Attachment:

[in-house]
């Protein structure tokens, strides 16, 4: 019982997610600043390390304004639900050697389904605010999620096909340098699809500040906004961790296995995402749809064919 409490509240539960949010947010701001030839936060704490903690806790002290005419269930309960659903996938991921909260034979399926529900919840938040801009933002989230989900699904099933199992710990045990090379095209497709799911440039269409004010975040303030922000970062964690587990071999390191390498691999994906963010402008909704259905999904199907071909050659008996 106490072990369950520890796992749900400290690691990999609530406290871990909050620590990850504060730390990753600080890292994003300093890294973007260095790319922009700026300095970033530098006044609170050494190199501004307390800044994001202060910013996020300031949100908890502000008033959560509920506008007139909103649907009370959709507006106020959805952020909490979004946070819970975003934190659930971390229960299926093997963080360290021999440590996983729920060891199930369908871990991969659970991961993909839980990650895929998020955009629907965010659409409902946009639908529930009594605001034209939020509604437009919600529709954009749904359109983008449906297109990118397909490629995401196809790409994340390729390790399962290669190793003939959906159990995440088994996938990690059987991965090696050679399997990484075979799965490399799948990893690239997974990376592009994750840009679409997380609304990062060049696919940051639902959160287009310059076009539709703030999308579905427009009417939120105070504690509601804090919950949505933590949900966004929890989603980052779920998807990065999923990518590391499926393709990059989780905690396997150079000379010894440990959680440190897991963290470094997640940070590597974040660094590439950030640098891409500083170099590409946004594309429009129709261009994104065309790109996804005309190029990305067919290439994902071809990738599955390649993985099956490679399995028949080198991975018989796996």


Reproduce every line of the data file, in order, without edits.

[in-house]
């Protein structure tokens, strides 16, 4: 019982997610600043390390304004639900050697389904605010999620096909340098699809500040906004961790296995995402749809064919 409490509240539960949010947010701001030839936060704490903690806790002290005419269930309960659903996938991921909260034979399926529900919840938040801009933002989230989900699904099933199992710990045990090379095209497709799911440039269409004010975040303030922000970062964690587990071999390191390498691999994906963010402008909704259905999904199907071909050659008996 106490072990369950520890796992749900400290690691990999609530406290871990909050620590990850504060730390990753600080890292994003300093890294973007260095790319922009700026300095970033530098006044609170050494190199501004307390800044994001202060910013996020300031949100908890502000008033959560509920506008007139909103649907009370959709507006106020959805952020909490979004946070819970975003934190659930971390229960299926093997963080360290021999440590996983729920060891199930369908871990991969659970991961993909839980990650895929998020955009629907965010659409409902946009639908529930009594605001034209939020509604437009919600529709954009749904359109983008449906297109990118397909490629995401196809790409994340390729390790399962290669190793003939959906159990995440088994996938990690059987991965090696050679399997990484075979799965490399799948990893690239997974990376592009994750840009679409997380609304990062060049696919940051639902959160287009310059076009539709703030999308579905427009009417939120105070504690509601804090919950949505933590949900966004929890989603980052779920998807990065999923990518590391499926393709990059989780905690396997150079000379010894440990959680440190897991963290470094997640940070590597974040660094590439950030640098891409500083170099590409946004594309429009129709261009994104065309790109996804005309190029990305067919290439994902071809990738599955390649993985099956490679399995028949080198991975018989796996």